Recently, my son was in town. We sat on the back porch enjoying each other’s company when suddenly we found ourselves being interrupted by the sweet chirping of a bird. The sound was so lovely that we both stopped to listen. Soon after when we resumed our conversation the bird starting her chirping again, as if to tell us to stop talking, and listen to her.

We laughed at this, all the while aware, yet again, of how much I love my home here in River Forest. The surrounding natural beauty wraps me in a cocoon of peace, rebuffing the stark contrast of the chaos existing in the outside world.

Just today the New York Times’ front page had these bylines, and in truth, these could appear almost any day. I paraphrase: 500,000 people dead in Russian invasion of Ukraine; Trump and 18 of his advisors were indicted for upward of 91 possible criminal acts; 3 folks shot in Jacksonville store is considered a hate crime; Hundreds of tiny octopuses mysteriously discovered with their legs wrapped around each other at ocean’s bottom; Historians in Egypt suing the government for the destruction of architectural masterpieces being replaced by concrete housing structures.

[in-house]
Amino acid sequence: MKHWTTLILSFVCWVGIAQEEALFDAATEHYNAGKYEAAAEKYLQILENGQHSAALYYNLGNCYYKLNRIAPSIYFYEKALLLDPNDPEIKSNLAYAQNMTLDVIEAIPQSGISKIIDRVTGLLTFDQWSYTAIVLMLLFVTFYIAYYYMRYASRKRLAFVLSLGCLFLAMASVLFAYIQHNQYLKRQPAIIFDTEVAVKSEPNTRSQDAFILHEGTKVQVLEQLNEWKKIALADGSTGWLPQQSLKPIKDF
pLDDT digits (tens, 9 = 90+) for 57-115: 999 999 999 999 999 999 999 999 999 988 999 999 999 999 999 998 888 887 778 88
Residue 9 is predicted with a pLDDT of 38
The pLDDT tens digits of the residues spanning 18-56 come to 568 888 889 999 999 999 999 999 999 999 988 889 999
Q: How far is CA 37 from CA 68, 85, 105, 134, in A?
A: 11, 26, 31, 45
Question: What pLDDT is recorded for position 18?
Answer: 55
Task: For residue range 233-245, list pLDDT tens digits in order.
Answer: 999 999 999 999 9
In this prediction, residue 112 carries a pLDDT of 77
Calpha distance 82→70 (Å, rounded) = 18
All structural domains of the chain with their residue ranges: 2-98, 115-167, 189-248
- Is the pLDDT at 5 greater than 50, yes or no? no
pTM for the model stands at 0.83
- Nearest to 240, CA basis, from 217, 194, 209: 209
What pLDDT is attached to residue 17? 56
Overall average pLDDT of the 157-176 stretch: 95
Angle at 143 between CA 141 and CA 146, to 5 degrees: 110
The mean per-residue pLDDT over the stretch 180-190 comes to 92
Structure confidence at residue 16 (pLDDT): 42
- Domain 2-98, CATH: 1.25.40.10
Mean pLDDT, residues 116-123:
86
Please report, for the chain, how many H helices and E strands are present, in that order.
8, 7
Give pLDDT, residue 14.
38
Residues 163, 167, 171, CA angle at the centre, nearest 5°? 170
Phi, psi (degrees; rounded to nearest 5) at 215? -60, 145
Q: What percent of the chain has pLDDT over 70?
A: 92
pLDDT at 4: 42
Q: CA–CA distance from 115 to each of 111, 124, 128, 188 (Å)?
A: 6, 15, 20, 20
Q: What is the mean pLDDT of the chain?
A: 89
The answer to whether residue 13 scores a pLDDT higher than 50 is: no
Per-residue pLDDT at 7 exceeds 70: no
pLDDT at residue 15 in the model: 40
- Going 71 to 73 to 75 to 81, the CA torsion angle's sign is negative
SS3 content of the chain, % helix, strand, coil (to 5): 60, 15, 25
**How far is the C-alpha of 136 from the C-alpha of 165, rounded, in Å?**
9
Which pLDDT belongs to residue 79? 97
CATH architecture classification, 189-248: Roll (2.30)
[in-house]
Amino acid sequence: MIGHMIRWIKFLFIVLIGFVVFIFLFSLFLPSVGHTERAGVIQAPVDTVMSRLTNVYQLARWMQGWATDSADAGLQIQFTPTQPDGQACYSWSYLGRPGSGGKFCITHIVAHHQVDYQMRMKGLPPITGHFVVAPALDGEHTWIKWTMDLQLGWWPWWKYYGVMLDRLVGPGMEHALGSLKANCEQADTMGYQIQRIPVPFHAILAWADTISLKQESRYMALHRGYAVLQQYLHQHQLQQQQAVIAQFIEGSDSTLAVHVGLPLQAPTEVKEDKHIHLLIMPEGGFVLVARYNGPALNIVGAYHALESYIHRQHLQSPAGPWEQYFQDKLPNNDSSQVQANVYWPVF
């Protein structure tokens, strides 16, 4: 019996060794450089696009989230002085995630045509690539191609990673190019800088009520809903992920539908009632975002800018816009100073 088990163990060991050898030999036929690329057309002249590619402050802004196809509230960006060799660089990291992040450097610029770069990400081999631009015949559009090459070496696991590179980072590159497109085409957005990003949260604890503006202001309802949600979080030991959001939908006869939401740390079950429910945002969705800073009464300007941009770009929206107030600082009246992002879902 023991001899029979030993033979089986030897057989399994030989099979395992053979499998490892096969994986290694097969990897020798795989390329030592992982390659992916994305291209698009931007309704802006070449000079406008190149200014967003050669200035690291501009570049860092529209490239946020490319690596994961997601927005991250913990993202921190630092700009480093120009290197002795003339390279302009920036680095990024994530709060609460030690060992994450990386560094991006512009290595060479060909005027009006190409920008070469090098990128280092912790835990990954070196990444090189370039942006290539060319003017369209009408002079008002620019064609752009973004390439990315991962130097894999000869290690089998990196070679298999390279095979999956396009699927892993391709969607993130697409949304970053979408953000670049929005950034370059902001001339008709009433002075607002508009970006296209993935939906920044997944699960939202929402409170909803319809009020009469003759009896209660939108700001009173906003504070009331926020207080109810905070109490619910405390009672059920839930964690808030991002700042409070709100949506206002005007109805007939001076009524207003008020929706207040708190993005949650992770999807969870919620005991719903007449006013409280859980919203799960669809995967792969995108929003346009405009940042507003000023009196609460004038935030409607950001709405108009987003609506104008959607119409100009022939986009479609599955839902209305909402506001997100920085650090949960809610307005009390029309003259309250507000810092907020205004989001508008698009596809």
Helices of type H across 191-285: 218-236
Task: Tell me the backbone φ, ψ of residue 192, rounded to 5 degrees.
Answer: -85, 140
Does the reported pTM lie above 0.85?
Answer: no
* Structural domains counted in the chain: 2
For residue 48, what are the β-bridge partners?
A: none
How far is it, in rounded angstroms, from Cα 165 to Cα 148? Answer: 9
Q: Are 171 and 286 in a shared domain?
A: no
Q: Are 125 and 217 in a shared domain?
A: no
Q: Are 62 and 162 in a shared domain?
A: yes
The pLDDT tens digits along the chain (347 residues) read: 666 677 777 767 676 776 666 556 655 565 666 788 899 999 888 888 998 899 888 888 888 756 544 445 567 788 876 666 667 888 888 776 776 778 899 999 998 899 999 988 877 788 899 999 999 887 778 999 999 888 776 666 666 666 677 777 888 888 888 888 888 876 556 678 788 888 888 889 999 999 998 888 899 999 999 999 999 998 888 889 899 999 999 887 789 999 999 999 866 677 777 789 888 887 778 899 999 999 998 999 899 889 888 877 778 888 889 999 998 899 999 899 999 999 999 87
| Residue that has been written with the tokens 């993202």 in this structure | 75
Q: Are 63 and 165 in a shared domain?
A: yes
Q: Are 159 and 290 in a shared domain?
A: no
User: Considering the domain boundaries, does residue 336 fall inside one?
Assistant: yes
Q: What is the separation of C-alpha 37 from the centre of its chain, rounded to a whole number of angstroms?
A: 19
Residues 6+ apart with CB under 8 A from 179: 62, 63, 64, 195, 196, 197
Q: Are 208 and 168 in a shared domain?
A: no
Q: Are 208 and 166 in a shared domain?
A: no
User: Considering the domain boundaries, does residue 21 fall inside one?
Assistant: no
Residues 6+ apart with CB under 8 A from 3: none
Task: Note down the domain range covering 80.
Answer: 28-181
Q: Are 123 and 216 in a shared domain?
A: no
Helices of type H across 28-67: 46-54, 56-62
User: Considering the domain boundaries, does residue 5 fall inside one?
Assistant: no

The disturbing and often horrible occurrences in our world make me even that much more grateful for the refuge of my home and this village buffering me from the storm of mean-spiritedness and hateful acts.

The most heart-wrenching article I read lately relates to an issue that, with great effort and open-mindedness, is solvable. What is lacking for the solution, thus far, is merely the will to do so. Our nation has the capability of allowing immigrants — who are mostly seeking asylum here — to secure work and live in safety and peace.

Sadly, over the Trump years, the predominant mindset was to view migrants in negative ways, who will add nothing but problems to our country. Yes, our immigration system needs lots of improvement, and if we are to reform it, we need to begin with the generosity of spirit of our forefathers. The Statue of Liberty, with its “give me your tired, your poor, your huddled masses yearning to breathe free” engraving, symbolizes welcoming the stranger.

Let us hope that we will find it in our hearts to offer the strangers to our land the same peace and security so many of us feel — the way I feel right here in River Forest.

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